These kinds of turnkey experiences will manifest in emerging markets much more quickly than they did in the US and Europe, where the shift was incremental. Again, they will “leapfrog.”
Content and social good
The social implications of more accessible content are dramatic. As more people come online in emerging markets, they will look to the Internet (and specifically mobile devices) to access basic services, such as banking, healthcare and education. As a result, more and more entrepreneurs will begin building products in these sectors for emerging market customers, who will benefit from the proliferation of new kinds of content.
Consider educational content. Up until now, there has been a strong demand for more accessible educational content in countries like India, Kenya and Indonesia – where significant portions of the population do not have access to schooling, but do have mobile devices – but the infrastructure has not allowed for it. As mobile penetration rises and the infrastructure improves, so will the quality and quantity of the educational content in formats that are friendly to emerging market customers.
When someone in India has access to educational content through a 4G connection, they will be exposed to new ideas and knowledge that they were never able to before. This will transform the way they view the world and engage with their own lives. Moreover, children in rural areas who previously were excluded from formal schooling, whether due to gender or economic reasons, will be able to access education digitally.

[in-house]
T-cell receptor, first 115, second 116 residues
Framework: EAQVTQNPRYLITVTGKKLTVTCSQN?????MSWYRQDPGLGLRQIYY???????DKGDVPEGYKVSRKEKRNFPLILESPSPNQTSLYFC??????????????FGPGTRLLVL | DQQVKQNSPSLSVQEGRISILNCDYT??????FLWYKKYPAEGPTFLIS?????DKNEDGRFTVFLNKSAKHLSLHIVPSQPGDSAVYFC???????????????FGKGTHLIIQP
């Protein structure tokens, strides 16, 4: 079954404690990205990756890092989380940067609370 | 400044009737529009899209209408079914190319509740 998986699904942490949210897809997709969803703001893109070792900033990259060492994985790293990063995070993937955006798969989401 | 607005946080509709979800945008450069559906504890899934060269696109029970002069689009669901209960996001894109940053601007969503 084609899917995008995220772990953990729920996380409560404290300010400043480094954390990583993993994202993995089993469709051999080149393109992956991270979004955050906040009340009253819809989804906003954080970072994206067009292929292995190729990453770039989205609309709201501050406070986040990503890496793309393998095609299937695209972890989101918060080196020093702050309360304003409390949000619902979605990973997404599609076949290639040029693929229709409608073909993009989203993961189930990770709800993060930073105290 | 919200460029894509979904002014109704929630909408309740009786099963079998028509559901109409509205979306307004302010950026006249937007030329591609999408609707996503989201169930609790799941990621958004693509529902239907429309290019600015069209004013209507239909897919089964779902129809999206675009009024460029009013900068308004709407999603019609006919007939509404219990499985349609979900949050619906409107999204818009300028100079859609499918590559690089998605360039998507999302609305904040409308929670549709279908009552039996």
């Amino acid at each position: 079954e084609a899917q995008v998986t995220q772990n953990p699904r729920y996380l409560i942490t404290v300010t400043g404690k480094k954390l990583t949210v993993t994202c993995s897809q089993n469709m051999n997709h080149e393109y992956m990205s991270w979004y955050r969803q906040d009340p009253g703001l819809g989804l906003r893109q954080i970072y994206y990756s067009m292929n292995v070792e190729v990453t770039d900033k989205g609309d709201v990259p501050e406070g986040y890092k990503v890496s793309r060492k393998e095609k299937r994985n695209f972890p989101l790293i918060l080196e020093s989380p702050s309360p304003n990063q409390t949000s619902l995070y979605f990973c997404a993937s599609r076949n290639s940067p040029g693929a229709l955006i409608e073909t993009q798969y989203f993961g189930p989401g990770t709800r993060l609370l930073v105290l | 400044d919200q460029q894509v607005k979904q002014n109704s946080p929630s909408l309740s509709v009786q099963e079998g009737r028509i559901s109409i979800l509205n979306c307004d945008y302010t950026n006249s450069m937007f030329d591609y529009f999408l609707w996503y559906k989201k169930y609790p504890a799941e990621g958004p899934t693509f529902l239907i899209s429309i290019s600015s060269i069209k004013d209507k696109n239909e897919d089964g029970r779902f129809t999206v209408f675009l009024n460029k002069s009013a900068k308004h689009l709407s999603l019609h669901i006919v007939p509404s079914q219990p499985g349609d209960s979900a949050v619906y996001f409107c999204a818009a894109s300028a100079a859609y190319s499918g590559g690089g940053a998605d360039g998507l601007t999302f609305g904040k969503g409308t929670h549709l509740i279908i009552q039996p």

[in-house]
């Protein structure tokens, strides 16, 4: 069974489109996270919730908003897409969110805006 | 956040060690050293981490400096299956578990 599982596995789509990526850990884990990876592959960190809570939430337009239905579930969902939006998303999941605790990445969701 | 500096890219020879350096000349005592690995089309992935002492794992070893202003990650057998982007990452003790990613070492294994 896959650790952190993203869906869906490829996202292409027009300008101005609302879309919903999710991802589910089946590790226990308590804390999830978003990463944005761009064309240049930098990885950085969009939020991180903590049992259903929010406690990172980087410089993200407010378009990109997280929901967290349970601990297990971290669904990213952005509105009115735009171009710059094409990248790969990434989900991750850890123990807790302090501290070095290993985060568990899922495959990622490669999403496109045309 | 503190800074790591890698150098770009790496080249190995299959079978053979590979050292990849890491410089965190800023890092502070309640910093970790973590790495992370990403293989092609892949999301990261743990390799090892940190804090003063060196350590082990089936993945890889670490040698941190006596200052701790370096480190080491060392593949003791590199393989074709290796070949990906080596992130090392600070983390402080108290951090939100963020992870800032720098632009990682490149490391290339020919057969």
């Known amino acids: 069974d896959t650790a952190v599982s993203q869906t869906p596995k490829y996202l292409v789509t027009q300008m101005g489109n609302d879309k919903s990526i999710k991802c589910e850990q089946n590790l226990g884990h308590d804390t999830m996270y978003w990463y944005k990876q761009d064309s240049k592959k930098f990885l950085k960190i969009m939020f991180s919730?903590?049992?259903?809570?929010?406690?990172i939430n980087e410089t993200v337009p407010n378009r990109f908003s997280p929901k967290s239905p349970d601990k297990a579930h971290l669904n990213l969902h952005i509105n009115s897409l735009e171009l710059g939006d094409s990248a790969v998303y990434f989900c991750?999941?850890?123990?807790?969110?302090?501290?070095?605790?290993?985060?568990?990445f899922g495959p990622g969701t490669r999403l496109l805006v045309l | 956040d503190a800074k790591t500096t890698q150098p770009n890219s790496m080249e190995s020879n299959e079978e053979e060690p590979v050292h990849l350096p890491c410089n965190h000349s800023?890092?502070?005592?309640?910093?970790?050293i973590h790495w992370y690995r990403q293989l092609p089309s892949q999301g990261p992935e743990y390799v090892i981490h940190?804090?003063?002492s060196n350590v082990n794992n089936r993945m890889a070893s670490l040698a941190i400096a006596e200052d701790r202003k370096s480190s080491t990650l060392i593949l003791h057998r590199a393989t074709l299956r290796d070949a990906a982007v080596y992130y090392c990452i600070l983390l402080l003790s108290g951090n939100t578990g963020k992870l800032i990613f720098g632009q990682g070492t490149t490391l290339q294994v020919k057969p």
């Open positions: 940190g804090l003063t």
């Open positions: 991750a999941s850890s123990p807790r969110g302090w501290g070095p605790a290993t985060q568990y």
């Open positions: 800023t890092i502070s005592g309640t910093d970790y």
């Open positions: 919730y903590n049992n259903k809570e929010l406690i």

The same implications hold true for health-related content. Someone who is sick in a remote area will be able to access care and information through their mobile devices without having to trek into the nearest urban center.
In sum, the growth of digital content in the developing world will follow a path that is distinct from adoption in established markets. This represents a massive opportunity for entrepreneurs across sectors who understand the nuances of these markets and are able to build products that suit their unique needs. Digital content is at an exciting tipping point.
Read next: How to get in on Africa’s e-commerce boom